Constraints on haplotype structure and variable gene frequencies suggest a functional hierarchy within cattle MHC class I
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Six major histocompatibility complex (MHC) classical class I genes have been identified in cattle, and up to three of these are expressed in variable combinations on different haplotypes. The origin and functional significance of this genetic complexity is unknown. However, an improved assembly of the cattle genome, an expanded database of full-length cDNA sequences and high-resolution frequency data concerning expressed class I genes in an economically important cattle breed combine to provide a new opportunity to study the significance of cattle MHC class I diversity. Analysis of these new data supports assignment of alleles to six discrete genes and further shows that all these classical genes share a common ancestor with a single non-classical gene, NC1. While haplotype structure is variable, with thirteen gene configurations identified, there are nevertheless clear constraints relating to both the number and combination of genes. Haplotypes expressing two classical genes are most frequently observed, and the classical class I gene 2 is almost invariably present. The frequency data support the dominance of gene 2, showing that close to 100 % of individuals carry at least one copy. This indicates a hierarchy in the functional importance of particular genes and haplotype structures. Haplotype frequency in cattle populations is therefore likely to impact on differential disease susceptibilities. This knowledge will be important for development of informed breeding strategies aimed at increasing the ability of cattle to survive in the face of future unpredictable pathogen exposure.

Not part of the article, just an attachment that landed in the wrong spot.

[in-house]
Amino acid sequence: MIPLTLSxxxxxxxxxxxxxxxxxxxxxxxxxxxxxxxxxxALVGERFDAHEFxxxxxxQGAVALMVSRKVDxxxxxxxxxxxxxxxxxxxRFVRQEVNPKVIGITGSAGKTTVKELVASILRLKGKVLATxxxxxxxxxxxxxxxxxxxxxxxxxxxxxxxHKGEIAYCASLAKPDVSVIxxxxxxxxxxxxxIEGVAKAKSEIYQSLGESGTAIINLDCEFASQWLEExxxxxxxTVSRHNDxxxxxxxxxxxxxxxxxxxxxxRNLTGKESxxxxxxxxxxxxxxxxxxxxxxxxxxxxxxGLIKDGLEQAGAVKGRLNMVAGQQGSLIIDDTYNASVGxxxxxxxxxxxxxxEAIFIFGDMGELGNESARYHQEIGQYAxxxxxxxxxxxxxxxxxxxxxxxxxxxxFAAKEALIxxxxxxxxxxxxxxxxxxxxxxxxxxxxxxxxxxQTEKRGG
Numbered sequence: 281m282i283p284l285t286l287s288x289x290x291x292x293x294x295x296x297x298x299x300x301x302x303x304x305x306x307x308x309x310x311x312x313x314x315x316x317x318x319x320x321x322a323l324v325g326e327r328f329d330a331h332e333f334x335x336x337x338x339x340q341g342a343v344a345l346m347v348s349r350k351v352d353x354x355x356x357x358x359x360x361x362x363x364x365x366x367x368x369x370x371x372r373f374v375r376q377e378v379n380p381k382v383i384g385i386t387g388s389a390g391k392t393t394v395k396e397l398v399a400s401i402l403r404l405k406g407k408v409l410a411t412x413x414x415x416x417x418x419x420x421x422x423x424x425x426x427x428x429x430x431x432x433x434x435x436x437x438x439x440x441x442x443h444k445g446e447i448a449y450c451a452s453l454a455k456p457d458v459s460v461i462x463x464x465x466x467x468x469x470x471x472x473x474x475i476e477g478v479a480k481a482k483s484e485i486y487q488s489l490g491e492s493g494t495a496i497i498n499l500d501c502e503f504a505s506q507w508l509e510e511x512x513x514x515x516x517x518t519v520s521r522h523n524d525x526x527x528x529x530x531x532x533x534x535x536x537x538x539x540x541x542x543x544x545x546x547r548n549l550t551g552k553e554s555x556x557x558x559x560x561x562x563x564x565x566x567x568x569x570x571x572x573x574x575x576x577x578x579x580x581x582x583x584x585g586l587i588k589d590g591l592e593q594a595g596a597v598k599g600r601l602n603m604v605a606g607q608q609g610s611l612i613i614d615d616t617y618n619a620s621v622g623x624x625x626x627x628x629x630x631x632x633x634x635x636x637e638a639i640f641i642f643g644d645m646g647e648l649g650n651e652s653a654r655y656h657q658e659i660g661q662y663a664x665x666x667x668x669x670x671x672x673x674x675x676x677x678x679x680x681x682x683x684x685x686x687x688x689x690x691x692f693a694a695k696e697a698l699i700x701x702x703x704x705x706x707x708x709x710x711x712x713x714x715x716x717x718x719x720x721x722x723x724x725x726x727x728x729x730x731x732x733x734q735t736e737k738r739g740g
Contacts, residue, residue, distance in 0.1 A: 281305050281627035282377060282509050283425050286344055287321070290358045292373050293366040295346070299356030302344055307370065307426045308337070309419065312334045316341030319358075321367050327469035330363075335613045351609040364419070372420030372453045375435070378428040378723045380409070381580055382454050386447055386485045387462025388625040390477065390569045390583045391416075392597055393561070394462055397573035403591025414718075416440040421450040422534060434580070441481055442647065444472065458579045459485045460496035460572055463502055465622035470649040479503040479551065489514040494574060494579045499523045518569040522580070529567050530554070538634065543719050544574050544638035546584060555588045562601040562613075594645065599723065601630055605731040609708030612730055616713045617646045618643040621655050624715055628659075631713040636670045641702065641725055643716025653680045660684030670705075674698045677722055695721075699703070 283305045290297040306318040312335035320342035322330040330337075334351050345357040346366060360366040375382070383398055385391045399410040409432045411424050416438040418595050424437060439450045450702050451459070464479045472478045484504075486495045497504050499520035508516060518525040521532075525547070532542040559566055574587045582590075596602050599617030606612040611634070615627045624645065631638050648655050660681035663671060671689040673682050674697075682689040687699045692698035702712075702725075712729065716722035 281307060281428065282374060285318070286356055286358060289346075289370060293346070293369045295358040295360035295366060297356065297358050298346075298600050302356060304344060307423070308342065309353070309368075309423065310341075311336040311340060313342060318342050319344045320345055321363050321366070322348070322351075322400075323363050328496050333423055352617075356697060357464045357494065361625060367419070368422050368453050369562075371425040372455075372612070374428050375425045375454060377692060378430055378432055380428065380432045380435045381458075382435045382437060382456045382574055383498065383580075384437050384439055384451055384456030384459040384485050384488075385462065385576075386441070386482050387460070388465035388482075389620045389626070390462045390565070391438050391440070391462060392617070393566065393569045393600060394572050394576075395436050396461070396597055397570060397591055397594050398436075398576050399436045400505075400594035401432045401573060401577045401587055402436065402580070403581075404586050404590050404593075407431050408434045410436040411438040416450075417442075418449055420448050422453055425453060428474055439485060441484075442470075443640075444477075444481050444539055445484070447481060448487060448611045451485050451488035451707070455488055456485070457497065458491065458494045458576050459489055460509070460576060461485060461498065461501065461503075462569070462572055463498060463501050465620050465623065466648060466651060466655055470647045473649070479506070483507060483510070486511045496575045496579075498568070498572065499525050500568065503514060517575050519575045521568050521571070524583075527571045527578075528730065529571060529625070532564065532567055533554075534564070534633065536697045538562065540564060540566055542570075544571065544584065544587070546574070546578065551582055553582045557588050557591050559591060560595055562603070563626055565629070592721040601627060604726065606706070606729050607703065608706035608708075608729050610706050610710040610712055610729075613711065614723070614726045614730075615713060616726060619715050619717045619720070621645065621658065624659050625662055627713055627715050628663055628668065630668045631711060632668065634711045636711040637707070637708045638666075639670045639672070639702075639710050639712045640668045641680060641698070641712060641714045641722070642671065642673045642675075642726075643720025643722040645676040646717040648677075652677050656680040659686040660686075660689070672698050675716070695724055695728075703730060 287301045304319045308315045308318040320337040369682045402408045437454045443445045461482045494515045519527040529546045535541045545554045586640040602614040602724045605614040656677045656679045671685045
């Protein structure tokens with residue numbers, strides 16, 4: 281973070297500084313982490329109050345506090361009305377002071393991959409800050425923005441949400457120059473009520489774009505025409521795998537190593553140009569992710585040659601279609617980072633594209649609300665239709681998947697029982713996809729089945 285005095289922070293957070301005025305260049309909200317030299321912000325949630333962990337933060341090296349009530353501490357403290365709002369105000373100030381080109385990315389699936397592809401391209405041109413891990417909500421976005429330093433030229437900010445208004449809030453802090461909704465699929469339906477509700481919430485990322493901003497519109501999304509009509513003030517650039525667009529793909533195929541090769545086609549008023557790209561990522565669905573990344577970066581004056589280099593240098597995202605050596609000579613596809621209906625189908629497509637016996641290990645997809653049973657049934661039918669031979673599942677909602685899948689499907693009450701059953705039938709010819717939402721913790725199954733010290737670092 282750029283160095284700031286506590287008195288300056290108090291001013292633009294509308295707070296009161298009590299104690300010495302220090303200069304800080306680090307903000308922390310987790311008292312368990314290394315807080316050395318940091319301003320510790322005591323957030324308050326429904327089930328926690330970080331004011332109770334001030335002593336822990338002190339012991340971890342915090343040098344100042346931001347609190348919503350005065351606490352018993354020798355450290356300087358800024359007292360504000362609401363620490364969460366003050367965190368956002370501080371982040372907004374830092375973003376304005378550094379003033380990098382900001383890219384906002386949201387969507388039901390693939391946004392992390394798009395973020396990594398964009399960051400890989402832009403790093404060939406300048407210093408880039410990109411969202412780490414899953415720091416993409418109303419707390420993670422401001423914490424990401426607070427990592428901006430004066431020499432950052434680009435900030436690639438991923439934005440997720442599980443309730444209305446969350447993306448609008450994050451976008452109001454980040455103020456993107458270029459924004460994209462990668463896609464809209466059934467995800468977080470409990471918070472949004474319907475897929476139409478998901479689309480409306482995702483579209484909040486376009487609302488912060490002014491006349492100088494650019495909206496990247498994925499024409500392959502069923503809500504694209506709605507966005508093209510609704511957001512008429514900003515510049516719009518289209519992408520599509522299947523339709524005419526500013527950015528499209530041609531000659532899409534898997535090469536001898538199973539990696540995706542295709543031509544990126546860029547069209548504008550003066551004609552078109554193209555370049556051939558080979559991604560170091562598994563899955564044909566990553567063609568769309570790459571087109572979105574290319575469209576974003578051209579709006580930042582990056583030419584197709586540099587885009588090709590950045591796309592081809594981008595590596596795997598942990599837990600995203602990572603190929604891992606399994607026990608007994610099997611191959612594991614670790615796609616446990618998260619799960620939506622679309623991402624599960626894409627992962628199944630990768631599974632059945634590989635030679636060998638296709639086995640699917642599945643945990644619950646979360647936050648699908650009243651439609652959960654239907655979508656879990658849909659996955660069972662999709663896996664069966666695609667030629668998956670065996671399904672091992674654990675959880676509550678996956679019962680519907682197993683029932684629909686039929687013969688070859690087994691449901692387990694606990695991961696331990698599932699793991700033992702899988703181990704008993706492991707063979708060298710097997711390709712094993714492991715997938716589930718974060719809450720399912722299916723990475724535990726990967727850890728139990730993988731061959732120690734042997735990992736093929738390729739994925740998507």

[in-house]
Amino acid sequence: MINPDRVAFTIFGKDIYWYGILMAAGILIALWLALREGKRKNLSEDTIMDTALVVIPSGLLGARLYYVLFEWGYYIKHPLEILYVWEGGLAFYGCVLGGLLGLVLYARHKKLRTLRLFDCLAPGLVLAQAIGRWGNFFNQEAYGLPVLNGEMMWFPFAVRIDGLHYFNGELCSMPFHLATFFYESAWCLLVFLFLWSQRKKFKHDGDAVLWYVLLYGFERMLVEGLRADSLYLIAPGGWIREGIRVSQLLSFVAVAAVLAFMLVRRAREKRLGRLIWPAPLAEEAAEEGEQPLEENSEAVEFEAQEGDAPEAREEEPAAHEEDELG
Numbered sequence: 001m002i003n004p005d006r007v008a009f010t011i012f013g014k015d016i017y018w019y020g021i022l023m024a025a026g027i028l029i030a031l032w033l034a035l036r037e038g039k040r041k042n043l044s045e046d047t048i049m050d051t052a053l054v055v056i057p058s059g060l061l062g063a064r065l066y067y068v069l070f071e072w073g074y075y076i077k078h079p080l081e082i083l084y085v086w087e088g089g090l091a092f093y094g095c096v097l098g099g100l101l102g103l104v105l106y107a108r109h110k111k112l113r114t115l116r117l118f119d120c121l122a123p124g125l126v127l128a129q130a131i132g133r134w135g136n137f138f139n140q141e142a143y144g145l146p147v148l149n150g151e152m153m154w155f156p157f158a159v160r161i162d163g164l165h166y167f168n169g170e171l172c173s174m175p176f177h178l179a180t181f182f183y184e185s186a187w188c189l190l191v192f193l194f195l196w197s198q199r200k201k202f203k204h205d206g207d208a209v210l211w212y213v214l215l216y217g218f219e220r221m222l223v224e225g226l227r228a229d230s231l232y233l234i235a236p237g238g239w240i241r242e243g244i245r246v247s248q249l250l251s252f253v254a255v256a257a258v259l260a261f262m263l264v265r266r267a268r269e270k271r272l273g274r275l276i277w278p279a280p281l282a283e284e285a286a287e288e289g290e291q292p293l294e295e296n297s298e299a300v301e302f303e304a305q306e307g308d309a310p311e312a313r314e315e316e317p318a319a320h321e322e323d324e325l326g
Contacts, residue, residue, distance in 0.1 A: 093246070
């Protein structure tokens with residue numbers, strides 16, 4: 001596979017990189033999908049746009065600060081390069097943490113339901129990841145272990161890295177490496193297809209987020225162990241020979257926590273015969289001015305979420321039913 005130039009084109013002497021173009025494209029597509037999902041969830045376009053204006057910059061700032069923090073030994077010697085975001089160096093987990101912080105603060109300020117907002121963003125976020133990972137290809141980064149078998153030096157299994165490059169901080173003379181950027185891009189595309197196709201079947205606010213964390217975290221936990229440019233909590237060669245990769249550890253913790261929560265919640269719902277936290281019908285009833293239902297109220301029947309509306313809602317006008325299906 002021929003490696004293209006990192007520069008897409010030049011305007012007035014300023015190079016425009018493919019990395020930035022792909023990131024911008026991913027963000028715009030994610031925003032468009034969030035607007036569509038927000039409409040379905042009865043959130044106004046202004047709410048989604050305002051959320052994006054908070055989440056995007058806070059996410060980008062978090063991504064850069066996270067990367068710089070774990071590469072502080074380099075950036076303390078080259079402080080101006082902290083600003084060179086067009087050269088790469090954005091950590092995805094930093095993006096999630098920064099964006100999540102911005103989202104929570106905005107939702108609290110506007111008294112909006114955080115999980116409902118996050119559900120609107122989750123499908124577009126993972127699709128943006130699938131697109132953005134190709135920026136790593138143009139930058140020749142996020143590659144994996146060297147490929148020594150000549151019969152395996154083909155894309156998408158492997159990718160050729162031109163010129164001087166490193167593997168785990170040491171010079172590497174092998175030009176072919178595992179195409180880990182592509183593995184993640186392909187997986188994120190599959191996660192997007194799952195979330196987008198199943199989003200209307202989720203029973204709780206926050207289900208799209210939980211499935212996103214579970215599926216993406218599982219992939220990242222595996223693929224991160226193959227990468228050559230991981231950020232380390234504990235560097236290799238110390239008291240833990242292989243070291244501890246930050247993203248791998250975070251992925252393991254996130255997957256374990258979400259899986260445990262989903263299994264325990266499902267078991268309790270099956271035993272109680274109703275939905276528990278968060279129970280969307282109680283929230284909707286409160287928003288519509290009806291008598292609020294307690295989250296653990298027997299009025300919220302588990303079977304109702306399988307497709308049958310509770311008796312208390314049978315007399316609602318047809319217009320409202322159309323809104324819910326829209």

KeywordsCattle MHC class I genes Haplotype diversity MHC gene frequency Holstein–Friesian
This work was funded by the Biotechnology and Biological Sciences Research Council, UK (BBSRC) including grant (BBS/E/I/00001410).
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